Maybe this sounds like faint praise, like I’m just outlining the basic qualities that make someone a competent writer, but it’s not. It’s the most important thing. The only thing any of us actually has, ever, is the experience of lived reality (there’s nothing less “lived” about hearing about other people’s experiences or reading philosophical treatises). Fiction whose only purpose is to supplant this reality with a different one is properly called “escapist,” but so is fiction whose only purpose is to congeal reality into a nondescript mush of Ideas and Statements. In both cases you are ignoring the only thing that there actually is. Le Guin’s great achievement was the creation of worlds unlike our own that show us what our world is really like – unreality that makes the world more real. This is more than merely compelling or thought-provoking writing. It’s one of the secret keys to the truth.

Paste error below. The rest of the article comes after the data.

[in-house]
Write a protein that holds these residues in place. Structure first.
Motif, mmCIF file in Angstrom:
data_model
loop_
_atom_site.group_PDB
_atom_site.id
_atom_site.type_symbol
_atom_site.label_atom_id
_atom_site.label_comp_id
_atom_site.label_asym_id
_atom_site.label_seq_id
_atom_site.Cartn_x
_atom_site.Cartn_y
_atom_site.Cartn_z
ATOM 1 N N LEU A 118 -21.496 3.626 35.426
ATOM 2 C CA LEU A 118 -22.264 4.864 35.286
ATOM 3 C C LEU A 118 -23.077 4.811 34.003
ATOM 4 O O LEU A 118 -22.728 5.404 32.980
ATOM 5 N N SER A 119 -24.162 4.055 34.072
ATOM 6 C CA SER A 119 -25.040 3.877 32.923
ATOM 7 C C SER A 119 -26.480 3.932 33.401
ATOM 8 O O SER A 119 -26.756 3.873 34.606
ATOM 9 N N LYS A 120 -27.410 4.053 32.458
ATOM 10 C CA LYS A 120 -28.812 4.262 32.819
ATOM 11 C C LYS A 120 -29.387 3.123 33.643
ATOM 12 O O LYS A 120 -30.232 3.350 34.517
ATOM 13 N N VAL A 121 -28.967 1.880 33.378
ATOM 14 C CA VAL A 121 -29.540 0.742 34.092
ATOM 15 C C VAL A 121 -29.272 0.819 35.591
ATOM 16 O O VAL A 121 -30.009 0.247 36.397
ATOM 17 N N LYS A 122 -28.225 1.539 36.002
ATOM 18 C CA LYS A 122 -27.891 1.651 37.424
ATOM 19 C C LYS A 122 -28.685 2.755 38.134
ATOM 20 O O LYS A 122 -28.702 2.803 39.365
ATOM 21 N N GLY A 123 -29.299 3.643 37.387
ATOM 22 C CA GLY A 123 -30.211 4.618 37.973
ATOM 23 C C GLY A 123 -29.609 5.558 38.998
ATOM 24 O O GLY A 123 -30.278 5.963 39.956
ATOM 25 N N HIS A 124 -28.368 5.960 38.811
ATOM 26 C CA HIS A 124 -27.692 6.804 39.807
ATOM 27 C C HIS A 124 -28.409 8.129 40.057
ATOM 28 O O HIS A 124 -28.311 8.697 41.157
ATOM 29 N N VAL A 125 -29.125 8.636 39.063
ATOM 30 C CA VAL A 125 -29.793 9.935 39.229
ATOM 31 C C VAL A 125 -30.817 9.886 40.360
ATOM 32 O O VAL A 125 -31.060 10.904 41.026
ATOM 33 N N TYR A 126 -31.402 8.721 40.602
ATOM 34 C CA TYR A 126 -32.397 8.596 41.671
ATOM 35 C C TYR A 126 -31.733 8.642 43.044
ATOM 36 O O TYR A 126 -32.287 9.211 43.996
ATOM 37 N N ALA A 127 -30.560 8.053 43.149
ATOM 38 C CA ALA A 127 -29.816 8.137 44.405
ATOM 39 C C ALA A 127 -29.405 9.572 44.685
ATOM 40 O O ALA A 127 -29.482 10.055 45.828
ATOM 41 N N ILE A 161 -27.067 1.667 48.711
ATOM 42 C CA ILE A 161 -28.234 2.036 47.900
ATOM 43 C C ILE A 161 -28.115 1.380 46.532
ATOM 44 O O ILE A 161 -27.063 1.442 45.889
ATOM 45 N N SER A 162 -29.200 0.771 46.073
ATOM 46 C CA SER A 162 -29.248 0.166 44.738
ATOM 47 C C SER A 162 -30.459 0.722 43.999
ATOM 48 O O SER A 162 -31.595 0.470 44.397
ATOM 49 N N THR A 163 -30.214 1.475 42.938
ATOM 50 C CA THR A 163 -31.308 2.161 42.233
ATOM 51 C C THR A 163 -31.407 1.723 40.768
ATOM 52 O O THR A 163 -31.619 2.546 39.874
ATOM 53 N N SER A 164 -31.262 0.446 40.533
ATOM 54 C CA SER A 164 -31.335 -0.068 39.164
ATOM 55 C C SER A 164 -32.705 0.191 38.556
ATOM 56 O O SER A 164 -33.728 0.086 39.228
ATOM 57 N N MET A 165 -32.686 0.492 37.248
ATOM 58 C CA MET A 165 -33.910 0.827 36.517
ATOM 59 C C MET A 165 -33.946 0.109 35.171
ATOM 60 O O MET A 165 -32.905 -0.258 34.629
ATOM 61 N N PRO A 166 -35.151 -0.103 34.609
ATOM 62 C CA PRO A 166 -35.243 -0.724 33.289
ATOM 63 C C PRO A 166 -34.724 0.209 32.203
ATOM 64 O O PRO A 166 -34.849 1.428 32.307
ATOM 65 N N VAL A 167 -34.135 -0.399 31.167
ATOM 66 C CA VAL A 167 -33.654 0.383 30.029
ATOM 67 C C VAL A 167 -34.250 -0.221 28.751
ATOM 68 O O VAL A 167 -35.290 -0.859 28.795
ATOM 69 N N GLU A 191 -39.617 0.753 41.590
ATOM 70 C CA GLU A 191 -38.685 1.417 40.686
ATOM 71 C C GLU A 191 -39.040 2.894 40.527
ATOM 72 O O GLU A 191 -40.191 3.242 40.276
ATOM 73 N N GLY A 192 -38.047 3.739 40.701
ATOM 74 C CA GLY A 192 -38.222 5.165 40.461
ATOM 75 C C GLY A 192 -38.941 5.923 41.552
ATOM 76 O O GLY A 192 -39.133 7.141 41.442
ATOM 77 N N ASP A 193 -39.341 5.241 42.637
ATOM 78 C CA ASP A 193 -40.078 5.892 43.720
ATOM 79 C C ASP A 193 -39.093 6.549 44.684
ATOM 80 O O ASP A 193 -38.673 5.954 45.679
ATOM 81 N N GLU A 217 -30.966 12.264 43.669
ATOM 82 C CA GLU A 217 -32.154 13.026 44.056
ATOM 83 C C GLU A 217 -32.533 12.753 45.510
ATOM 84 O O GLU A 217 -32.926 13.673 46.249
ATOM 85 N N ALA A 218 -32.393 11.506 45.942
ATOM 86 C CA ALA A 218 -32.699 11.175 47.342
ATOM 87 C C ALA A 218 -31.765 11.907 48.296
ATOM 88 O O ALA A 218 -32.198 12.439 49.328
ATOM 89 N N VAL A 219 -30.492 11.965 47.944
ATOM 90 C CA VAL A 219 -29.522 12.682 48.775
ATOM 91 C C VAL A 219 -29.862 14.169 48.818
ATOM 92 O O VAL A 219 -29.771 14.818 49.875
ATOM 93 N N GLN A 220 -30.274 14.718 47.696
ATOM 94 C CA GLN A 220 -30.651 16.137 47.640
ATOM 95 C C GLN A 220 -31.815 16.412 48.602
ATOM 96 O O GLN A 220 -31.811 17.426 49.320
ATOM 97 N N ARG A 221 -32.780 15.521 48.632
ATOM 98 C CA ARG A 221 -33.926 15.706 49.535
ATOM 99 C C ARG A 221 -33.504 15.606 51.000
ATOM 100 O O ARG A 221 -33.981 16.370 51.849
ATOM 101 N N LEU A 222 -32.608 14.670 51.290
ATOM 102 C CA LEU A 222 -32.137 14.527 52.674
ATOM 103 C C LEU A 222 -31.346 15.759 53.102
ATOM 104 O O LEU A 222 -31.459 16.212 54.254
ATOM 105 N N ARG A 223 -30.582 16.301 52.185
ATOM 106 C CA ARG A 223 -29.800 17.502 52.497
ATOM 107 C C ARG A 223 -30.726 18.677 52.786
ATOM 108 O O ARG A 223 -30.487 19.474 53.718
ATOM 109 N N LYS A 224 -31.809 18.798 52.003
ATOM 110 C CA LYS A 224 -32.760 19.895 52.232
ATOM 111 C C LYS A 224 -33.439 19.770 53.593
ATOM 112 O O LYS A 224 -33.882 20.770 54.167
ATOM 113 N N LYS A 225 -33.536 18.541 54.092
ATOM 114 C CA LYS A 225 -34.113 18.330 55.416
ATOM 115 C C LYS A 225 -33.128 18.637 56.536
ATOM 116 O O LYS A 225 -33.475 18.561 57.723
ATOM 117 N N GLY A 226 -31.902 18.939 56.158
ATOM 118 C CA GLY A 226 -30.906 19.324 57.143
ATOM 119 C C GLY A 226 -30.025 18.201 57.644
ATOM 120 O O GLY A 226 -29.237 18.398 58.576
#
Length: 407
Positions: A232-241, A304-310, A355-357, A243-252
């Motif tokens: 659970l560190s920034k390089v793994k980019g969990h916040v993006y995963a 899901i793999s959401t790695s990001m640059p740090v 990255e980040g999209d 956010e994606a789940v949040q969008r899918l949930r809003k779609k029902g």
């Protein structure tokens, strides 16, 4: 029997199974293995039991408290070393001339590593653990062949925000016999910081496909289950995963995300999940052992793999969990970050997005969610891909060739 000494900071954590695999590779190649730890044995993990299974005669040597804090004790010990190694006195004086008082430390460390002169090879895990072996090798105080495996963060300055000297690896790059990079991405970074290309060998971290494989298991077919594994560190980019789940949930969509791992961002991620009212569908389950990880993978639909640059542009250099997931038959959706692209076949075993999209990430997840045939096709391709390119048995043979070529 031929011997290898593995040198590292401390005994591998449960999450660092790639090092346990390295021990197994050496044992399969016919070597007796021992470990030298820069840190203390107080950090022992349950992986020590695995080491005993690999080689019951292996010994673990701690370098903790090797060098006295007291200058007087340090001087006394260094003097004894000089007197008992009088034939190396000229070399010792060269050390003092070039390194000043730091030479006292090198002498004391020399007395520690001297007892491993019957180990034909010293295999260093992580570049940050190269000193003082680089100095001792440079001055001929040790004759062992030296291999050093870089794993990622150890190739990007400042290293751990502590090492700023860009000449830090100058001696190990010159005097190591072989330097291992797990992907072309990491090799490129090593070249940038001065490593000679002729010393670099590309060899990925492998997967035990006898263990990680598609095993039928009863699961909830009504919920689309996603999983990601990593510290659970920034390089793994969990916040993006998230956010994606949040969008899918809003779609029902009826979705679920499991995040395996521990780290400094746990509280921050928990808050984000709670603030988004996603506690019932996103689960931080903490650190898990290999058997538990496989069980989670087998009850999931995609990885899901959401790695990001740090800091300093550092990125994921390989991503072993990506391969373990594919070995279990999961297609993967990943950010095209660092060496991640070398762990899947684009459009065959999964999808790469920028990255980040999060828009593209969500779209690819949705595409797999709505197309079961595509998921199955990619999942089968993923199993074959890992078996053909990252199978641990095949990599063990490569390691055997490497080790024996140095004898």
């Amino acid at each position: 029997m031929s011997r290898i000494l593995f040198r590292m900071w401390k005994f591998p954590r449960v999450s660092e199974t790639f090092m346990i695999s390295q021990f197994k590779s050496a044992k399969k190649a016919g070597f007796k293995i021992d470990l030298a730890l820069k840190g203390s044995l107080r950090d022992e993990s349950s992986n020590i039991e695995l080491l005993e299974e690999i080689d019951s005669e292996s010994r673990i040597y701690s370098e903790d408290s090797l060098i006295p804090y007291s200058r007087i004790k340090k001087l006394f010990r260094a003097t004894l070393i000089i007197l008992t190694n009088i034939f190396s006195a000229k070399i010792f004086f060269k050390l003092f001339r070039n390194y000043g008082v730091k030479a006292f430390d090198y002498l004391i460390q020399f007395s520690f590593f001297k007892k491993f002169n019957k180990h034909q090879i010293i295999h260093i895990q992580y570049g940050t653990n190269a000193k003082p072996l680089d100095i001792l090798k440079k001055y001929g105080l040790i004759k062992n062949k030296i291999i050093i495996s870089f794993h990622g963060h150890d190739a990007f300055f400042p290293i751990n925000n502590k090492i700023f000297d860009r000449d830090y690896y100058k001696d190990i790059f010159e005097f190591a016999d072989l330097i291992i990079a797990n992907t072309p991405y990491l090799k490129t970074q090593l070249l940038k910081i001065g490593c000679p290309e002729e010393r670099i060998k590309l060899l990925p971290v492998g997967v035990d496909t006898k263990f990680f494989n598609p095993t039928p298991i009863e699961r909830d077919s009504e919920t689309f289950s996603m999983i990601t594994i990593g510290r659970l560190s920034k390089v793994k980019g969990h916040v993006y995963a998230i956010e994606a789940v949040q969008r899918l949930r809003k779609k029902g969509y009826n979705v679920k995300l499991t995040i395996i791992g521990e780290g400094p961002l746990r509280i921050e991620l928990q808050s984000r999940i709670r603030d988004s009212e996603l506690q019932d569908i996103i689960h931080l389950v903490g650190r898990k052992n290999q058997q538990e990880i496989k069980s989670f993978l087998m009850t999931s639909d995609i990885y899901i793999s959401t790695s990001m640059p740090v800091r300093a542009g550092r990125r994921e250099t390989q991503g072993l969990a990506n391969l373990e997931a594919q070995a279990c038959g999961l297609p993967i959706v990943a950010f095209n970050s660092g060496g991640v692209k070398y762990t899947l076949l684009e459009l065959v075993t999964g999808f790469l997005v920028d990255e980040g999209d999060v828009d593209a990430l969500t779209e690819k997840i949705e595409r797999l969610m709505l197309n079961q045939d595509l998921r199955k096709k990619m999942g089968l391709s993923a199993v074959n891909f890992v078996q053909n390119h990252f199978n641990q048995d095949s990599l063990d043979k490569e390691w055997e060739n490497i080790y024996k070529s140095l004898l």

This is also an important point about genre fiction in general. If Le Guin’s work counts as “genre fiction,” which it does, then the term doesn’t mean anything, which it doesn’t. Genre is not a property of a work but an after-the-fact critical appellation; it’s potential use is only as a tool, not a definition. Genre work often falls into the traps of getting lost in minutia or reverting to Big Moral Statements, but literary fiction has exactly the same problem: it’s often nothing but status-signalling lifestyle details coupled with half-baked pretension. The categorization isn’t the thing that matters; in fact, focusing on categorization is precisely a way of avoiding what actually matters, of pretending to do criticism when you’re really just doing bookkeeping. Nor is there anything wrong with the categorization itself; there certainly are comment elements and things that you can use to accurately (assuming you’re being honest about the endeavor and not just parroting received value statements) classify a story as “literary fiction” or “magic realism” or what have you. But if you’re doing this to say that literary fiction is “real” and genre fiction is “just for fun,” then you’re factually wrong, and Le Guin proves it.